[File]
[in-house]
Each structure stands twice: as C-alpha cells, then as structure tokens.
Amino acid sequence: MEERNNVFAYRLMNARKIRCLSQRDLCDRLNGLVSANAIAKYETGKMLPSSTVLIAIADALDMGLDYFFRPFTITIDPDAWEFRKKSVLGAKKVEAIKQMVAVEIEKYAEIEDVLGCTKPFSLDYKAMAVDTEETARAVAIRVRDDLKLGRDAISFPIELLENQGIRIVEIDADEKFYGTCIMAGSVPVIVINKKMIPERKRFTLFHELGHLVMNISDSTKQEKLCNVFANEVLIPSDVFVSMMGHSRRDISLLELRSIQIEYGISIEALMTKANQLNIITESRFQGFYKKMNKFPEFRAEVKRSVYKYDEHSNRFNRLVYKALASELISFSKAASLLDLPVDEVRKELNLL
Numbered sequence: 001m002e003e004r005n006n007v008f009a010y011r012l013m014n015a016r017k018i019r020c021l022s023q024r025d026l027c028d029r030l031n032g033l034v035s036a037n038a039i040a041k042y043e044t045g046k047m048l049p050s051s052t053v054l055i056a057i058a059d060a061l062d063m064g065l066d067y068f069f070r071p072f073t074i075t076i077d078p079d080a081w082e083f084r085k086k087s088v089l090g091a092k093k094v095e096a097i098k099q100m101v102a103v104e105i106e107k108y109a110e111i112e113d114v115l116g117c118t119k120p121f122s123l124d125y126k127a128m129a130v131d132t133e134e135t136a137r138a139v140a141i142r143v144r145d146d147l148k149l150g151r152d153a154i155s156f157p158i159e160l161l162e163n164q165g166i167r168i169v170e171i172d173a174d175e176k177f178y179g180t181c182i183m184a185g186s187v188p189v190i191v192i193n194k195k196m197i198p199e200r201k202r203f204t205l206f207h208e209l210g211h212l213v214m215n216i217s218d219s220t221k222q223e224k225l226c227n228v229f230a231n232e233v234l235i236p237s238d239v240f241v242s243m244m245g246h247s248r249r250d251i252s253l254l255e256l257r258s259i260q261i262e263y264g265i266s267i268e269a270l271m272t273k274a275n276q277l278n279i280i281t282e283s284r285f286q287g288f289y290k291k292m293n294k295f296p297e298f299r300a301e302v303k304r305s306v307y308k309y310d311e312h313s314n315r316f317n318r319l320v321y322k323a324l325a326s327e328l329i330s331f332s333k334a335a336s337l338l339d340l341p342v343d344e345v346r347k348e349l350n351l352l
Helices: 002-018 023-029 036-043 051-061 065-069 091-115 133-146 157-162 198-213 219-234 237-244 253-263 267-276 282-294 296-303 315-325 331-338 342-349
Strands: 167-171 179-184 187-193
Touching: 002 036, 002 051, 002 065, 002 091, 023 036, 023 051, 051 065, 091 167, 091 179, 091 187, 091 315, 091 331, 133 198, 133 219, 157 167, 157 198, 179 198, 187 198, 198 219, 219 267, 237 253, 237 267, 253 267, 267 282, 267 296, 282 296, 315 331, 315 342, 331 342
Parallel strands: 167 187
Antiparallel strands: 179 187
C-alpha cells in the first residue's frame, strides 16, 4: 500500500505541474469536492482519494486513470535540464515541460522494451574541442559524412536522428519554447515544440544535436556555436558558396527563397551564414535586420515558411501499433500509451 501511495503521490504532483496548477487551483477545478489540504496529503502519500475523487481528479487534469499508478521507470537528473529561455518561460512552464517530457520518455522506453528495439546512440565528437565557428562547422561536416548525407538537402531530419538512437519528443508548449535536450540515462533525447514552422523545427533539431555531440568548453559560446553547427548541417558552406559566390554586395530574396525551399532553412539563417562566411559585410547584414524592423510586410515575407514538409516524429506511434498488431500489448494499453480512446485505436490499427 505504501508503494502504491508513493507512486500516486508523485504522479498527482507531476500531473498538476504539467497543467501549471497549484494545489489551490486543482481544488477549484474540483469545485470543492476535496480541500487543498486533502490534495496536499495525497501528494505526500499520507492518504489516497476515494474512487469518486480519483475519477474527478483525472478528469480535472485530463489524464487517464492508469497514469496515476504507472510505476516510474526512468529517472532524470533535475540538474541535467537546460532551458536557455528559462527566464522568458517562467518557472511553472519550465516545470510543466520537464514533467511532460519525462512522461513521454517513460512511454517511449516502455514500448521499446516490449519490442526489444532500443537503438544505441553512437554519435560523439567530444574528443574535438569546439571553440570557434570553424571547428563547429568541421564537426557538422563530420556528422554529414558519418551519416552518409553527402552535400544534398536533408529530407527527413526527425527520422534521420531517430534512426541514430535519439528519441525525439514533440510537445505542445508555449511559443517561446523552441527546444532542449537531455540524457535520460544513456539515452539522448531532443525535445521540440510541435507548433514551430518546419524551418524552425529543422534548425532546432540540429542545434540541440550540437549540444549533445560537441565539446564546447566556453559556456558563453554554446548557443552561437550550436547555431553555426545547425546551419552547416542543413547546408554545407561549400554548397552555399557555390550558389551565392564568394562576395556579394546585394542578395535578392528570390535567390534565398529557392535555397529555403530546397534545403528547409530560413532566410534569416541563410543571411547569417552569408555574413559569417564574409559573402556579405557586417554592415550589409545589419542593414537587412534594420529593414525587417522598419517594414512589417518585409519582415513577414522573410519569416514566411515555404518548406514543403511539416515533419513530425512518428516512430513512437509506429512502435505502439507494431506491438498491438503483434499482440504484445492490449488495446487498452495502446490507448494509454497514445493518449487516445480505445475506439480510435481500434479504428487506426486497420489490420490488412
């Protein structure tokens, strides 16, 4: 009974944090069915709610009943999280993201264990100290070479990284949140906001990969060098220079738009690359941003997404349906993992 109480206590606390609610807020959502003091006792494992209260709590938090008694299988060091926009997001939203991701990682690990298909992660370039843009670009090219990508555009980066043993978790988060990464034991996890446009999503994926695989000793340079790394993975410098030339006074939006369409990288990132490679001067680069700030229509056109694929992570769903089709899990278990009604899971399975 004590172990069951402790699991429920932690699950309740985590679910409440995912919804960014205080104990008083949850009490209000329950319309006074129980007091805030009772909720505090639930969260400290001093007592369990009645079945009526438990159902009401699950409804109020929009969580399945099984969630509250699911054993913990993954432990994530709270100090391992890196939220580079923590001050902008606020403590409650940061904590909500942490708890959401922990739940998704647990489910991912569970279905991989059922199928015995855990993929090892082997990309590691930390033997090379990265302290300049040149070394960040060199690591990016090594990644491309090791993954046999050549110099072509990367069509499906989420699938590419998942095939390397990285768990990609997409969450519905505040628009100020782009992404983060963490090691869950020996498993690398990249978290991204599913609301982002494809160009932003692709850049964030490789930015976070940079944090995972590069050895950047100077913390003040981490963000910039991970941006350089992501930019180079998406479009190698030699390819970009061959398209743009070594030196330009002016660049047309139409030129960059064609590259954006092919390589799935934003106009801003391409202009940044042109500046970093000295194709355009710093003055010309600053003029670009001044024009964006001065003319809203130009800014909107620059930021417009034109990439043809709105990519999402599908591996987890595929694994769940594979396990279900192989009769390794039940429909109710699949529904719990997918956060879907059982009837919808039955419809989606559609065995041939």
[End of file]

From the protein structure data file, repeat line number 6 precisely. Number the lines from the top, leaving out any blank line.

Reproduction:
Strands: 167-171 179-184 187-193